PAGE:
- Second coordination sphere effects in [FeFe]-Hydrogenase mimics
- Award date
- 22 June 2017
- Number of pages
- Document type
- PhD thesis
- Faculty of Science (FNWI)
- Van 't Hoff Institute for Molecular Sciences (HIMS)
Iron–iron hydrogenase are fascinating metallo‐enzymes able to reversibly perform interconversion between protons and dihydrogen with high rates at low overpotentials. Nevertheless, activity and stability of synthetic analogues without the protein matrix are rarely comparable to the enzyme.
This thesis investigates second coordination sphere effects around synthetic hydrogenase models.
Chapter 2 discusses di‐iron complexes featuring several pyridyl proton‐relays on phosphine ligands. This work demonstrates that proton‐responsive ligands alone are sufficient to achieve high catalytic rates in di‐iron hydrogenase mimics, while the overpotentials remain high.
Chapter 3 presents a straightforward approach for the immobilization of benzene dithiolate di‐iron complexes onto conductive (nano)FTO electrodes.
Specifically, we envision supramolecular M12L24 Fujita‐type cages as a suitable platform to introduce a second coordination sphere around synthetic di‐iron models, emulating the protein environment. Chapter 4 introduces supramolecular M12L24 cages, however this chapter focuses on the preparation of cages featuring redox‐active probes, encapsulated by both supramolecular or covalent strategies, to enable the study of heterogeneous electron transfer processes.
Chapter 5 describes the preparation of a sterically‐demanding molecular electrolyte inhibiting access to the cage cavity. Voltammetric investigation of cages containing redox‐active probes employing this large‐sized electrolyte revealed that these self‐assembled cages bear similarities to macroscopic Faraday cages.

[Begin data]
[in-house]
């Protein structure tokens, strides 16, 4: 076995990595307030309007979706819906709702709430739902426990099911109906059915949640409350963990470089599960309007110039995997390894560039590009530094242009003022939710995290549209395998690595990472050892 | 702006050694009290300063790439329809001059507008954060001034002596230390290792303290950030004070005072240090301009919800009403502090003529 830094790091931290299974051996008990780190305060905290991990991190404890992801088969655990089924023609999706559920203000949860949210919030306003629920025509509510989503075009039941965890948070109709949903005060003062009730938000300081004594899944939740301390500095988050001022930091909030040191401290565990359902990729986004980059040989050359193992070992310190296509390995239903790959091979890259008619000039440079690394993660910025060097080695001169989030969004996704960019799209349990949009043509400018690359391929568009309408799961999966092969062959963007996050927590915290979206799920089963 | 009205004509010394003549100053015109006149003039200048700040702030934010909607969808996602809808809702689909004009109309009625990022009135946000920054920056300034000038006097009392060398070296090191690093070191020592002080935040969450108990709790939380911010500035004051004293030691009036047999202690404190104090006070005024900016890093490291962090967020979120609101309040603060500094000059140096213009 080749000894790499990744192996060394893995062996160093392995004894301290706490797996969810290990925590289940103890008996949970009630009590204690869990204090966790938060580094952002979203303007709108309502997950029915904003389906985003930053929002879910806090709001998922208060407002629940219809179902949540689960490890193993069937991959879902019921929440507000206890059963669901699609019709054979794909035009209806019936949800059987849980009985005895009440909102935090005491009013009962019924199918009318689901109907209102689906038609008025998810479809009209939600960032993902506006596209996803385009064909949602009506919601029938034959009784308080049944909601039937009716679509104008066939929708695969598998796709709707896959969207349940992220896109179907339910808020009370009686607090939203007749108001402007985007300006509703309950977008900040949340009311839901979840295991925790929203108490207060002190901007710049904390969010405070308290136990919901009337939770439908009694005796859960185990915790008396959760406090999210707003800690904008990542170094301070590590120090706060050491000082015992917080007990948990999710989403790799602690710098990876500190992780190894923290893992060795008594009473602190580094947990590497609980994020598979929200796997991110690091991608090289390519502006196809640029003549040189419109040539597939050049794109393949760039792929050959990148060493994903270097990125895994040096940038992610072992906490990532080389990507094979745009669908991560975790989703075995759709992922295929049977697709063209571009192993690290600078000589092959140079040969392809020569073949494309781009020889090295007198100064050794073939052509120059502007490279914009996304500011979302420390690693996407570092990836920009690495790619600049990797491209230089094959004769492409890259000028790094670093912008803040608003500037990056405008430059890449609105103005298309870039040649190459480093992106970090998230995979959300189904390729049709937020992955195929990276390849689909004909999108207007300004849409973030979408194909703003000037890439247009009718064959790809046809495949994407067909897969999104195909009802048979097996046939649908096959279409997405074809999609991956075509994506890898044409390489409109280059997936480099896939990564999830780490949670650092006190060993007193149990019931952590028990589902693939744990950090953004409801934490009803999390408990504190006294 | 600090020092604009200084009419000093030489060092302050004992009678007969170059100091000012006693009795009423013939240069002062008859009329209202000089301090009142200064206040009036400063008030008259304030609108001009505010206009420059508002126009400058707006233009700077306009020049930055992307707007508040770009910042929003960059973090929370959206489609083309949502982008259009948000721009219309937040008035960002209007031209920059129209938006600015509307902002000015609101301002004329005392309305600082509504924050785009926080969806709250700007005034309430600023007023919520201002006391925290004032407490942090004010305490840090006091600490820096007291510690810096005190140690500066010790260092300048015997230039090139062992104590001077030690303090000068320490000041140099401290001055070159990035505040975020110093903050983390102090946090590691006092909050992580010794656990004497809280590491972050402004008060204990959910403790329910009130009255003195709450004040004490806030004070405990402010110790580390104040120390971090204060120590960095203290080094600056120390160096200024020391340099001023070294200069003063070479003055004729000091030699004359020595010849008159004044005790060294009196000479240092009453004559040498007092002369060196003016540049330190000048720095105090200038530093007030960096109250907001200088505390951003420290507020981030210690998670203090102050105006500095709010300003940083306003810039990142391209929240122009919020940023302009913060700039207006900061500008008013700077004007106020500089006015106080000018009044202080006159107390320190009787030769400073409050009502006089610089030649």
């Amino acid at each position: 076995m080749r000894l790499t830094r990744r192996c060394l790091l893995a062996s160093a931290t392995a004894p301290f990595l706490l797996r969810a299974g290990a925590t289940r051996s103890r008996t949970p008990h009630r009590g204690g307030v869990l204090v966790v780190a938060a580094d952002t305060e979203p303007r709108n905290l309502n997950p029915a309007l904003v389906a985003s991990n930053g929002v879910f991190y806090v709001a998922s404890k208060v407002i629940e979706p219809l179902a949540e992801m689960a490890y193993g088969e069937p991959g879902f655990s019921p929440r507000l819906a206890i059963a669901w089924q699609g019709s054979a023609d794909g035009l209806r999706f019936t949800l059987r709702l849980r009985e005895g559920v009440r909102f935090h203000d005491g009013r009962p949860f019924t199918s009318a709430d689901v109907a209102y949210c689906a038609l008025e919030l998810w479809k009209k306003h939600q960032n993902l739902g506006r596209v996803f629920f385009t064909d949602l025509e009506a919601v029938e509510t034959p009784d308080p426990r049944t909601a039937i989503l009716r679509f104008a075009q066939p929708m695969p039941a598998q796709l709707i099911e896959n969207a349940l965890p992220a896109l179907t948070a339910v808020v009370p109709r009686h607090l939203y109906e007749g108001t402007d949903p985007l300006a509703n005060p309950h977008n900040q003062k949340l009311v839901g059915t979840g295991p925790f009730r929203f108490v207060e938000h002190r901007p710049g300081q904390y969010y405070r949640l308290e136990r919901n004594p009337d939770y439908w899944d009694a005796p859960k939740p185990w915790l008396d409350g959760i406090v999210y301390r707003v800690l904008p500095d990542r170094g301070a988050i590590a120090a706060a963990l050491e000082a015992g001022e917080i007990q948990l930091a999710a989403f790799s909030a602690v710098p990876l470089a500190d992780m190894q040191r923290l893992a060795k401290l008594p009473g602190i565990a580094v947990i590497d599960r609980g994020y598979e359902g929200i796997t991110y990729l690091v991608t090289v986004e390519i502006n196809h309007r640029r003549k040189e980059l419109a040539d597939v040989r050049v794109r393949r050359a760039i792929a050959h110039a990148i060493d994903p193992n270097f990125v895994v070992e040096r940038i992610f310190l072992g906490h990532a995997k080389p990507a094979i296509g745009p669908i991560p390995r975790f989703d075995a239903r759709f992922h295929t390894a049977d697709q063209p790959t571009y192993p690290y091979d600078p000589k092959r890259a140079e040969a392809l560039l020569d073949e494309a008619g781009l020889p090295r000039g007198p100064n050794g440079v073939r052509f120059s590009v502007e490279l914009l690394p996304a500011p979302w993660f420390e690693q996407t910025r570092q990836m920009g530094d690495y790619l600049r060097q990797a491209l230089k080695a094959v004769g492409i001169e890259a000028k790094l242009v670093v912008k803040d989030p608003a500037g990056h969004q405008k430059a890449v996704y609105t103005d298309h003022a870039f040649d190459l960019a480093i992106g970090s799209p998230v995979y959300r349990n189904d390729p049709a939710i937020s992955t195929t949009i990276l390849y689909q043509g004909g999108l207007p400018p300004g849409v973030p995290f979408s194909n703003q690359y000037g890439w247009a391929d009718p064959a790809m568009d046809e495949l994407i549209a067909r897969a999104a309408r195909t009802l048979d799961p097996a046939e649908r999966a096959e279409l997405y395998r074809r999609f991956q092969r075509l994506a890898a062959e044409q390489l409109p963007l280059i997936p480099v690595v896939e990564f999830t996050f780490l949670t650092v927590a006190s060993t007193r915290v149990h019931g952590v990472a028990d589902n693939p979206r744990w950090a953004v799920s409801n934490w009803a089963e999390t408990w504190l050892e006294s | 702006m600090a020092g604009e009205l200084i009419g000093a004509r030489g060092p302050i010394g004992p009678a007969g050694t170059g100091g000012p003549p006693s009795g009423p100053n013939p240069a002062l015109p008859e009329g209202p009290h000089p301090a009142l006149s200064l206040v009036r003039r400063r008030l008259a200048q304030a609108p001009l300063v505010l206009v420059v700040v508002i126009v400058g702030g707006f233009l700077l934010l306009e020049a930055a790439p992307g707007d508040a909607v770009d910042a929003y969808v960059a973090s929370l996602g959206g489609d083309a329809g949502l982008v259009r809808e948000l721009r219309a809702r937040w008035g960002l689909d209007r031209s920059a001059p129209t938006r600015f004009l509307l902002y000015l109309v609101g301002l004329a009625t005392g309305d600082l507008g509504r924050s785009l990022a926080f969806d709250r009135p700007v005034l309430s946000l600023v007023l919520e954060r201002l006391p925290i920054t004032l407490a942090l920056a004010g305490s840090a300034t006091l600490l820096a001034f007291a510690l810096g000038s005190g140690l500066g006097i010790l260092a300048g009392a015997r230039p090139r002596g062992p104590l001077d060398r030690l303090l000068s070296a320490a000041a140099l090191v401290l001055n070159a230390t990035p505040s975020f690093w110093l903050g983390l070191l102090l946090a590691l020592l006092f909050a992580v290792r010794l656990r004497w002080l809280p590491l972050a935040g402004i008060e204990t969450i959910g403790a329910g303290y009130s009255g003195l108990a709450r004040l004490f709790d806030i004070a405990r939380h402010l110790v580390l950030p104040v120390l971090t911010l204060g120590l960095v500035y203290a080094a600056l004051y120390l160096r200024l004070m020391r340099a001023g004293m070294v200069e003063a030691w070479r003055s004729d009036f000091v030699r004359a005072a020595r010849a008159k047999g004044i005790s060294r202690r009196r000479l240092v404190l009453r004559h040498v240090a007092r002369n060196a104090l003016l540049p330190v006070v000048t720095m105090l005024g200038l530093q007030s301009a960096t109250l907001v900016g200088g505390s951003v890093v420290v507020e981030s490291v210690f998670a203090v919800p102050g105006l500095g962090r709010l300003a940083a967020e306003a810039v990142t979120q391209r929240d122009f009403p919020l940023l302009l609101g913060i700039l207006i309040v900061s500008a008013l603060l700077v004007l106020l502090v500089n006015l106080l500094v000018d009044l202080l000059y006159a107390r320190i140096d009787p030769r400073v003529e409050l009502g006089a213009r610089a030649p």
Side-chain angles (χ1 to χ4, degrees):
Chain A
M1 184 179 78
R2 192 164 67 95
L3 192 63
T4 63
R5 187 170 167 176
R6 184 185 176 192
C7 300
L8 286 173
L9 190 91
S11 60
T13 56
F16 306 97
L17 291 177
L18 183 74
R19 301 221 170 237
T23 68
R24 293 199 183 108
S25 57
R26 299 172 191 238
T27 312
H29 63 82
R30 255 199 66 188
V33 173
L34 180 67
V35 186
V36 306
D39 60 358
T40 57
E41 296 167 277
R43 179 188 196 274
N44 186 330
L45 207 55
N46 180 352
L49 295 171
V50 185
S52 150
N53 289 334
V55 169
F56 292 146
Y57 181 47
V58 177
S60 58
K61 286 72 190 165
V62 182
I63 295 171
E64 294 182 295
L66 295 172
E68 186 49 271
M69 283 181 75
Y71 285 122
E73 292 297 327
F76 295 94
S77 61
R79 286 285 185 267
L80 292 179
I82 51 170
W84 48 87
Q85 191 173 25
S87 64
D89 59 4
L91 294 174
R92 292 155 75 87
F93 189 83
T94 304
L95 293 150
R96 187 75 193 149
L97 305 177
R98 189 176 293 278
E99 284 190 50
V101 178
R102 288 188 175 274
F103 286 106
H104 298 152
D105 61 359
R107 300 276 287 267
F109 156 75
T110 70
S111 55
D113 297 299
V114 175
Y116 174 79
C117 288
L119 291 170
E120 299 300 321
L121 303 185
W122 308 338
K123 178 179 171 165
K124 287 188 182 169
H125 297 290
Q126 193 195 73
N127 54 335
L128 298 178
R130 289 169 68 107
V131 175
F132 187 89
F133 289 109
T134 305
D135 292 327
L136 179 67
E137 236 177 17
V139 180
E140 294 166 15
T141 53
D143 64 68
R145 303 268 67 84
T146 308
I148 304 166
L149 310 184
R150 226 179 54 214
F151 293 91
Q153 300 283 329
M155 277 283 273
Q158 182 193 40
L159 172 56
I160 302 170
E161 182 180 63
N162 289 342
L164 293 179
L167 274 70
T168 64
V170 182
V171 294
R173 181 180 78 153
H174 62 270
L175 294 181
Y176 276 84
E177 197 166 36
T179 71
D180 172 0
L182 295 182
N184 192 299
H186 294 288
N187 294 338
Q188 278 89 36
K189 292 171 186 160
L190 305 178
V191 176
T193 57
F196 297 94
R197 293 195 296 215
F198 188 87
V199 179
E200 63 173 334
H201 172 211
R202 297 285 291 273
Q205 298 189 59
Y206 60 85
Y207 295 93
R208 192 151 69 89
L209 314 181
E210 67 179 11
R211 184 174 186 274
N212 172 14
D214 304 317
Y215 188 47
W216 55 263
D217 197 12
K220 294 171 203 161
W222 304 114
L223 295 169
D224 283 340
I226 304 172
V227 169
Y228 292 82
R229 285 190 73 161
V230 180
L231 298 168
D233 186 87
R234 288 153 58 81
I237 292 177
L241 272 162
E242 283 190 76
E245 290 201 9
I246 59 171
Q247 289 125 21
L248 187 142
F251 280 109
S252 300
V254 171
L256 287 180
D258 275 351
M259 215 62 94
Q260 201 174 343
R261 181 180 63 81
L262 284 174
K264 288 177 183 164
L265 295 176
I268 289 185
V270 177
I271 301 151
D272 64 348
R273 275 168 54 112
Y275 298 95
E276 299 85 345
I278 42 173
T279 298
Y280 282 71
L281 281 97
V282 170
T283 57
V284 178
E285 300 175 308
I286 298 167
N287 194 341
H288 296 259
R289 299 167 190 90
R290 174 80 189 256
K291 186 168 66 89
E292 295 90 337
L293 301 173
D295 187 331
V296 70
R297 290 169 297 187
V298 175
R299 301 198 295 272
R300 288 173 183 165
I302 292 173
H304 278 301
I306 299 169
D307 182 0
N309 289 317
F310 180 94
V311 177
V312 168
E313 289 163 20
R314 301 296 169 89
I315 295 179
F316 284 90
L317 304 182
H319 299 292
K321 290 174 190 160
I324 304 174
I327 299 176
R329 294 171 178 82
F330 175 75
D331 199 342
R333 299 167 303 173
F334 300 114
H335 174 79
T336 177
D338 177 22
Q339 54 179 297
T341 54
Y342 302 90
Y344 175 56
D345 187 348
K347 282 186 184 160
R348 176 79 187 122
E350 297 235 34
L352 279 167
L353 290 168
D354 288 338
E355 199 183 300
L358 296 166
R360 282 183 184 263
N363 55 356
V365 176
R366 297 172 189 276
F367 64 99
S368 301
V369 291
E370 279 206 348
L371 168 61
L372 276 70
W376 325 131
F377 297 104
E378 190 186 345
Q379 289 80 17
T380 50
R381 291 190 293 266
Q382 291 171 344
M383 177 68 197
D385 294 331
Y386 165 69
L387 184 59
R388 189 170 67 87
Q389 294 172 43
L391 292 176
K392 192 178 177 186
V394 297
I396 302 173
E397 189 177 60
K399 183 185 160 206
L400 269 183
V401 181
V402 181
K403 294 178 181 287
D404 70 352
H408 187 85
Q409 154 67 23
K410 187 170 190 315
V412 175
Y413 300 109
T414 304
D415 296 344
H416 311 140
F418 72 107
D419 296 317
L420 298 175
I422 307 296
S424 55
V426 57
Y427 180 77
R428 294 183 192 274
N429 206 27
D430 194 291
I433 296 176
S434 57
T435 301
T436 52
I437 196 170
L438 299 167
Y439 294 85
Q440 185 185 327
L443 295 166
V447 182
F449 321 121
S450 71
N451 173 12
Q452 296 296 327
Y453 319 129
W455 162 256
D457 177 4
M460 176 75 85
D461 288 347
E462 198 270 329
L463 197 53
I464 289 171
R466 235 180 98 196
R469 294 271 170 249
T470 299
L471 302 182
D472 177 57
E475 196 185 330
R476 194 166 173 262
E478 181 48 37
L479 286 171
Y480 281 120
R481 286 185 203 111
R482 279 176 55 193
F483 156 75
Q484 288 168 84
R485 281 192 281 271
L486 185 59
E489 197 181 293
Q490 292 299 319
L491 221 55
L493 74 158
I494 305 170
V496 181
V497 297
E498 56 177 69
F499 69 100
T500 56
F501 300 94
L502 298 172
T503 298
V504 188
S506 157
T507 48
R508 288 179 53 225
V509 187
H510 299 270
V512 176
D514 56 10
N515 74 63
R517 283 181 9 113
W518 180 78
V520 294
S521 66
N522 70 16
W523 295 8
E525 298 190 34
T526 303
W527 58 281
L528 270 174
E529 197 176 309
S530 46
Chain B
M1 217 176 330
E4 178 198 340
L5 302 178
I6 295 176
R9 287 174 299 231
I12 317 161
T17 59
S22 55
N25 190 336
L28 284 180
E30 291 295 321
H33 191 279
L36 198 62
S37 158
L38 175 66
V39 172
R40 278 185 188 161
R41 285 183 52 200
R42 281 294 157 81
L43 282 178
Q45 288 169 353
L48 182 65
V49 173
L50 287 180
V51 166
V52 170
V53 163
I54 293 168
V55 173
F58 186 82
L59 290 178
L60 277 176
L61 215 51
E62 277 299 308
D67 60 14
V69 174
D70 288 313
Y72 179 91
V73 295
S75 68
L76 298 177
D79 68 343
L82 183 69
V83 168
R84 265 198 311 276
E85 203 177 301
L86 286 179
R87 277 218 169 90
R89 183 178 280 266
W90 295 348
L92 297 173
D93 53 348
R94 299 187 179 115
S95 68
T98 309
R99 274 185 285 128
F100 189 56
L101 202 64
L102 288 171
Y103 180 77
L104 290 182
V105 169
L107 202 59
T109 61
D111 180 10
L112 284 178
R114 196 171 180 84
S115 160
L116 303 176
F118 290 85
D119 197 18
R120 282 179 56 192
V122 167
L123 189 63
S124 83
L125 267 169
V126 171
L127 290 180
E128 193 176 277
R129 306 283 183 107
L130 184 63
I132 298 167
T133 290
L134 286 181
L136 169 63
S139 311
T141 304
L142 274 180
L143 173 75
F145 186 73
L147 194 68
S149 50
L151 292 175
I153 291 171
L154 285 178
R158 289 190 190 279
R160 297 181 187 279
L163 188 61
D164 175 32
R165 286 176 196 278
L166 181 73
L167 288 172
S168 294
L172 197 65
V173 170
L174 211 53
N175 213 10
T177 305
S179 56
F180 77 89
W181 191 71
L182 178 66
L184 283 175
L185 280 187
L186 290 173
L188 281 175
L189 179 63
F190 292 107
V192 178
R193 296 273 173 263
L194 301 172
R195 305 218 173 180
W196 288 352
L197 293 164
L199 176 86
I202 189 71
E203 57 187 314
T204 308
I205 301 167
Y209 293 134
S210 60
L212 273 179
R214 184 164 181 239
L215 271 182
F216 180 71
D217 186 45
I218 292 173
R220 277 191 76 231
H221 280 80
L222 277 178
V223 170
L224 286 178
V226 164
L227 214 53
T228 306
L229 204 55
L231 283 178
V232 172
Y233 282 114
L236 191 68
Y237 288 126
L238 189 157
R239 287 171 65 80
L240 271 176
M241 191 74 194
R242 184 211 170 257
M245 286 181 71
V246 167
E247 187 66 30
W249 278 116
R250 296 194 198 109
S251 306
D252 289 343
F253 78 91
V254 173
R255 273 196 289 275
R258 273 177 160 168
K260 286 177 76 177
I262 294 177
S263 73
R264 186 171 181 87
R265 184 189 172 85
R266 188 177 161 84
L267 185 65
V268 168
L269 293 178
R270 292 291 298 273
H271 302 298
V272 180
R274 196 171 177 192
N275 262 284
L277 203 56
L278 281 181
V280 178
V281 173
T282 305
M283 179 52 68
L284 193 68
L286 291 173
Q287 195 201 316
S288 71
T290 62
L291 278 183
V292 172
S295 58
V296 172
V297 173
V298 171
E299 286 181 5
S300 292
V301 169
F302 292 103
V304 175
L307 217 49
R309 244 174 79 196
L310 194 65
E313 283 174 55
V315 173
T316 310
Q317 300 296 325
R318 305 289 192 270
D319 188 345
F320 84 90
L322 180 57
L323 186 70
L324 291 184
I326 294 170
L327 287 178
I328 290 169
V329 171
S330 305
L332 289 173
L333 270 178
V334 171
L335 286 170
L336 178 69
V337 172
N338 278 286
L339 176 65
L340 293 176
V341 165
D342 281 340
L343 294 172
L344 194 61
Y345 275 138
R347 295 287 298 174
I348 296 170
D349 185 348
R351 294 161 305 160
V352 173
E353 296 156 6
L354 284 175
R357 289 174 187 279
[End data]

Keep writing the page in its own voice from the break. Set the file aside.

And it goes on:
Chapter 6 presents general approaches to introduce a second coordination sphere environment around di‐iron hydrogenases models. We demonstrate for the first time that tuning the local environment around the encapsulated catalyst affords a significantly decreased overpotential, highlighting the importance of the second coordination sphere for catalytic performance.
Thesis (complete) (Embargo until 22 June 2019)
Chapter 2. Proton relay effect in pyridyl appended hydrogenase mimics (Embargo until 22 June 2019)
Chapter 3. Hydrogenase mimics immobilized on FTO electrodes; a strategy towards solar fuel devices (Embargo until 22 June 2019)
Chapter 4. Fundamental studies of electron transfer processes across the rim of M₁₂L₂₄ nano-spheres (Embargo until 22 June 2019)
Chapter 5. Building charges in M₁₂L₂₄ nano-spheres. Does the Faraday principle still hold for molecular objects? (Embargo until 22 June 2019)
Chapter 6. Proton preorganization effect in M₁₂L₂₄ nano-spheres containing hydrogenase mimics (Embargo until 22 June 2019)
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